North East Link recommendation results cause concern

Victoria’s largest road project, the $15.8 billion North East Link is another step closer with the majority of recommendations from an independent planning panel endorsed by the Victorian Minister for Planning.

Following community feedback received through the Environment Effects Statement, several improvements have been adopted.

However, five of the 29 recommendations have been rejected and are causing concern for the communities involved.

The minister has not supported recommendations to pursue an extended bored tunnel option northwards to the vicinity of Grimshaw Street. This rejected recommendation included a review of the need for the Lower Plenty Road interchange to significantly reduce ecological impacts on the Banyule Creek. Additionally it recommended the review to significantly reduce social noise, air quality, business, landscape and visual impacts on the community along Greensborough Road and the Watsonia Neighbourhood Activity Centre.

The recommendation to exclude the Borlase Reserve as a tunnel boring machine launch and retrieval site was also not fully supported.

Other recommendations lacking the Victorian Minister for Planning’s support include the designation of the Simpson Barracks as a ‘no-go zone’ due to potential environmental impacts and further suggestions for future planning.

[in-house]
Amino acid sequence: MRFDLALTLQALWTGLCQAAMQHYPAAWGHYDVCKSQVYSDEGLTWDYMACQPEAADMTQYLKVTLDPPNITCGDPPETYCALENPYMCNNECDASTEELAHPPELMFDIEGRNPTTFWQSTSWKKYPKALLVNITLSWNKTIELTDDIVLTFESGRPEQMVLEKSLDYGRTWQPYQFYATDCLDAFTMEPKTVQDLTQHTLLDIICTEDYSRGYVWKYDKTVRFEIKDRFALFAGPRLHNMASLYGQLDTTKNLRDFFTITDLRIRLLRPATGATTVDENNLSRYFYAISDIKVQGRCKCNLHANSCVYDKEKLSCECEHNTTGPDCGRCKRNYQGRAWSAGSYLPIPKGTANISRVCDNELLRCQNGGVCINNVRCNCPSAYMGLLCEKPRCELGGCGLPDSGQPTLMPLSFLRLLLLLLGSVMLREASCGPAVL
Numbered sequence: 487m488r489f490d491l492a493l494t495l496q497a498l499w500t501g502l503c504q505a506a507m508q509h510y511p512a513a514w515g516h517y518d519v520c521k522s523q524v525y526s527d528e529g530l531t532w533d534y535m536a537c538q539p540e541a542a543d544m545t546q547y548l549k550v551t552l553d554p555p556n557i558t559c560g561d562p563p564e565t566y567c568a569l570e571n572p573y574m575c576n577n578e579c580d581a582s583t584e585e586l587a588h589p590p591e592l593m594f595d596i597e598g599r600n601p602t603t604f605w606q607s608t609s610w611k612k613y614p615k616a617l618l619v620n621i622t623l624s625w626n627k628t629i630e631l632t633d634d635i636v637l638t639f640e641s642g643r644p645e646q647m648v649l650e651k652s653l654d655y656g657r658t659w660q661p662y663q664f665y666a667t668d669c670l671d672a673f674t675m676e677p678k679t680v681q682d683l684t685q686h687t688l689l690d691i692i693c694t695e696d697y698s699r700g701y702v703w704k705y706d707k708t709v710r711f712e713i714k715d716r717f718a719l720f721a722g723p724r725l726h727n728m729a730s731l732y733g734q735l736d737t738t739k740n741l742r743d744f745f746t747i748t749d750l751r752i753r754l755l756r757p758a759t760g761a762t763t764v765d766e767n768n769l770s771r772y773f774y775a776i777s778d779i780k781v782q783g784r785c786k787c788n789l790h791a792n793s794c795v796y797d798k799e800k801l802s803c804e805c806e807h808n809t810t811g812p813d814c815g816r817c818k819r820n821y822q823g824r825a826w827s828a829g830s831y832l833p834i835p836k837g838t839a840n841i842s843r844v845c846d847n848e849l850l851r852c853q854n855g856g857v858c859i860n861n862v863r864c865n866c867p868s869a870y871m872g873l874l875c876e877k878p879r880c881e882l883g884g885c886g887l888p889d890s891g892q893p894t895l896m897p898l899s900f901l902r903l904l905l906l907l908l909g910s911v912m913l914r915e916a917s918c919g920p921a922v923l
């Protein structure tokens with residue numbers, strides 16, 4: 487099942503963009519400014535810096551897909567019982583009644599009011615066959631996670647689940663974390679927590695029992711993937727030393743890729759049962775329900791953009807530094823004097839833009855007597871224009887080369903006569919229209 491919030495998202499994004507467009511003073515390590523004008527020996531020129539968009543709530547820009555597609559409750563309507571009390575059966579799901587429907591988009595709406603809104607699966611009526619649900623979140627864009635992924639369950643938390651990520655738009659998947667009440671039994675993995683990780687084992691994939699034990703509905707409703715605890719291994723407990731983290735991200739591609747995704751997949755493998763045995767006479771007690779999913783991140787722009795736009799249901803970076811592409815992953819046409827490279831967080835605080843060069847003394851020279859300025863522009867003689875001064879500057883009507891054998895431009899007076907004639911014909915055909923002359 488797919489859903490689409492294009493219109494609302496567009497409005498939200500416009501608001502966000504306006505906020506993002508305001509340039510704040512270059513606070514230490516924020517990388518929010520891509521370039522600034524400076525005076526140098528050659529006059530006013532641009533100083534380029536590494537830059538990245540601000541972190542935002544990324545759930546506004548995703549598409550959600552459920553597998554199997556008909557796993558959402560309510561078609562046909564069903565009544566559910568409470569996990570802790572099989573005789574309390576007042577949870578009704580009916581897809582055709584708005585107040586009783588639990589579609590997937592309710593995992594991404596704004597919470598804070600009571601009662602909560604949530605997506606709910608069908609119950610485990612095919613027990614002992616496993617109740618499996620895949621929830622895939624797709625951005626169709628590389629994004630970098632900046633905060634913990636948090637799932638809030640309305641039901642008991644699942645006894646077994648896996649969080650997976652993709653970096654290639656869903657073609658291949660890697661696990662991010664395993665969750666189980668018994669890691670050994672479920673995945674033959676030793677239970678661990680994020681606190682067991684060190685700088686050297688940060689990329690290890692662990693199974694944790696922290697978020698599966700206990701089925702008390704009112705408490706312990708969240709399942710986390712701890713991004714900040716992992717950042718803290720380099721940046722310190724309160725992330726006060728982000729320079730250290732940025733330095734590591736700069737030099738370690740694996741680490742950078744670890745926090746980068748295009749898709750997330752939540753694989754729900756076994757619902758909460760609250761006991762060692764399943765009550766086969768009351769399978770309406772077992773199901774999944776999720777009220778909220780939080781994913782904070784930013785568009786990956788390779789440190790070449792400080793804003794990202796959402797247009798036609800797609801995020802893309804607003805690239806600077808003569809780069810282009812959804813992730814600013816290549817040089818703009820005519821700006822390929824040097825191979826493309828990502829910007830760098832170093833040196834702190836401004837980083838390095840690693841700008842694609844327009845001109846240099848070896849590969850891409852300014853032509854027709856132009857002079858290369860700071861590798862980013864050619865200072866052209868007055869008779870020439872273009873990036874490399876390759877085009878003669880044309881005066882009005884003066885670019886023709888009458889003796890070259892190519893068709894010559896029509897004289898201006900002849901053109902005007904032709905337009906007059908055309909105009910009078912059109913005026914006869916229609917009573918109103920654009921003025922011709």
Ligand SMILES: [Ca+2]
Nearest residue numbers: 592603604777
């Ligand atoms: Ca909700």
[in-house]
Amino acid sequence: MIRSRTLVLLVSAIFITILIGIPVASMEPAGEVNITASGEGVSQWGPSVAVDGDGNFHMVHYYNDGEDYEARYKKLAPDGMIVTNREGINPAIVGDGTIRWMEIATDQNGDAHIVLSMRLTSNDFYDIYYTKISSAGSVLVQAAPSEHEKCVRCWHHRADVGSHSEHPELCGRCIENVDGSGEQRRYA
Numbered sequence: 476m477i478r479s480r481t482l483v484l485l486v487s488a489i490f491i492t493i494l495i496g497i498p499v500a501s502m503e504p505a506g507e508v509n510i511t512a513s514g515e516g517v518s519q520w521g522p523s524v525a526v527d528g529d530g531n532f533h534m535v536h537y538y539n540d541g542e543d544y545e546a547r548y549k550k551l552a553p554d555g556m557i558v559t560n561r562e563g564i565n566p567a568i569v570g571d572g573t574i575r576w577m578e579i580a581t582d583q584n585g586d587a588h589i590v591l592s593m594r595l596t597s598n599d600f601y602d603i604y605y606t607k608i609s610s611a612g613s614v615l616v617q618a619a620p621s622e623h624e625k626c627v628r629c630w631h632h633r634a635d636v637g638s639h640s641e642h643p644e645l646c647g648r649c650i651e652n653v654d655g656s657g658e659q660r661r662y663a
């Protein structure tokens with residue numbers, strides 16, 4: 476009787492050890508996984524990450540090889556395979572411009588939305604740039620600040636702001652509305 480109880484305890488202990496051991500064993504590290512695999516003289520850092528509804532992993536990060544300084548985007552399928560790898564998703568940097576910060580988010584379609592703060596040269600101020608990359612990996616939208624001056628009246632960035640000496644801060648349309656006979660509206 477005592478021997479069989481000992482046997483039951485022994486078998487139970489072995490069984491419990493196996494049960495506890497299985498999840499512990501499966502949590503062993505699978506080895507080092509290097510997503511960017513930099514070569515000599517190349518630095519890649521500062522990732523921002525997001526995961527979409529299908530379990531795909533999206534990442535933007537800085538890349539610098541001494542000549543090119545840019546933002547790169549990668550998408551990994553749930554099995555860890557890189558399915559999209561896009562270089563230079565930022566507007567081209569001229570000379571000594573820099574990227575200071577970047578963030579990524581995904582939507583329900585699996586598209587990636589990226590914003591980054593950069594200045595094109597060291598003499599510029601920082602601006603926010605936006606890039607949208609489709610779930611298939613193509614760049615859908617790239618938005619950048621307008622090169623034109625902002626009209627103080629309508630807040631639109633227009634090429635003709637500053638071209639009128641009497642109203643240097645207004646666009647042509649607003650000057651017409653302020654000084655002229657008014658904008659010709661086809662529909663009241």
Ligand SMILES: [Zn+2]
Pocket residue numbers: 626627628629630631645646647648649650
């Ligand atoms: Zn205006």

A Victorian Government statement said the Minister for Planning assessed extending the North East Link tunnels an extra two kilometres north and determined the potential impacts – which include an extra 18 months or more of construction disruptions and significant impacts for two local schools – which did not outweigh the benefits.

The Banyule, Boroondara and Whitehorse councils submitted a joint response on the project’s Environment Effects Statement (EES), in June, citing significant and unacceptable risks to the ecological integrity of open spaces and a disastrous impact on homes, local roads and community facilities.

The councils expressed a media release from June that they share a universal view that the North East Link project, taken as a whole, cannot be justified in its current form.

Since the Minister for Planning’s rejection of some recommendations the councils have also released a statement saying they are currently considering the reports, including seeking advice regarding their options.

“The councils are disappointed with the decision and will continue to work to achieve the best outcomes for our communities,” the statement said.

Minister for Transport Infrastructure Jacinta Allan said, “we’ll continue to work with the local community as we get on with this vital project, which will take trucks off local streets, cut travel times and create thousands of jobs.”

Construction on the North East Link is due to start in 2020 following planning approvals.


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